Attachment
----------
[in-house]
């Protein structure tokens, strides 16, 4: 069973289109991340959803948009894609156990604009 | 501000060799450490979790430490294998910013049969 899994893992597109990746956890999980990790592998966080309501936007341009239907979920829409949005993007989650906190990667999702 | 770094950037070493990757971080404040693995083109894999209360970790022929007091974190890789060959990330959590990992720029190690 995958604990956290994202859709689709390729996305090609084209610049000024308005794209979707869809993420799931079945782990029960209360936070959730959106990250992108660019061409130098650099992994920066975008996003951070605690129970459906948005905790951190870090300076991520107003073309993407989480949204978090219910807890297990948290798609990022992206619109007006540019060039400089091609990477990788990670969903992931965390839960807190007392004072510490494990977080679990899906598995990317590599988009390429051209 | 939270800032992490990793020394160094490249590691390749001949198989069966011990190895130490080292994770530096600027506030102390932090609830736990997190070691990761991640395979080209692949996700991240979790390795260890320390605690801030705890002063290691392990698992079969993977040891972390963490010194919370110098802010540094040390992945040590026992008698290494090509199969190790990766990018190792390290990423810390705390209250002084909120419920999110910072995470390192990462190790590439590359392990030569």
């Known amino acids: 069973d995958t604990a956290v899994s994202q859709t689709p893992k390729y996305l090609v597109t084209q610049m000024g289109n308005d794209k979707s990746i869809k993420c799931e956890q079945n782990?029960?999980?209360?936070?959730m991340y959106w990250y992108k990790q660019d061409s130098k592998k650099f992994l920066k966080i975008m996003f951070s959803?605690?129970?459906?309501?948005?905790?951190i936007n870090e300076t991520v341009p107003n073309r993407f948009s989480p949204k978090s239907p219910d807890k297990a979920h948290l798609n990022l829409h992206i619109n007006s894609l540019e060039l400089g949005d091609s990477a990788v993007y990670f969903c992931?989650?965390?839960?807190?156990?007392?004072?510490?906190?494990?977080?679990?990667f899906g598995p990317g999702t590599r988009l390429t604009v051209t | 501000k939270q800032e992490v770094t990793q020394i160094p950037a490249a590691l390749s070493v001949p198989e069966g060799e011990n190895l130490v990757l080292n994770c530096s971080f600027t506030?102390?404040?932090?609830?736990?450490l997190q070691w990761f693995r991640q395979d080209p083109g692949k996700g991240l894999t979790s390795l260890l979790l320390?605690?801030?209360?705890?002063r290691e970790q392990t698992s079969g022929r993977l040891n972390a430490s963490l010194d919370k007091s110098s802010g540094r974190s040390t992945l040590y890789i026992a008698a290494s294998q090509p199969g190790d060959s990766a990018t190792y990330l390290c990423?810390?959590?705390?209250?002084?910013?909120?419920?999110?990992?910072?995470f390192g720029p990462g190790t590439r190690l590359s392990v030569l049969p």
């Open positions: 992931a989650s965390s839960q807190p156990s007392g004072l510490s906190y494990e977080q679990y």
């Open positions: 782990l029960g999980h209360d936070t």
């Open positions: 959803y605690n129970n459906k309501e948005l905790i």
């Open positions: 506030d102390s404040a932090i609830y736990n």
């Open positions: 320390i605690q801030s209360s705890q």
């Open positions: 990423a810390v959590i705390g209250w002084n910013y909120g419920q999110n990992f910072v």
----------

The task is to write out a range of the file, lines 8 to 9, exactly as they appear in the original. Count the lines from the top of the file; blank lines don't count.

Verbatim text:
């Open positions: 320390i605690q801030s209360s705890q």
């Open positions: 990423a810390v959590i705390g209250w002084n910013y909120g419920q999110n990992f910072v």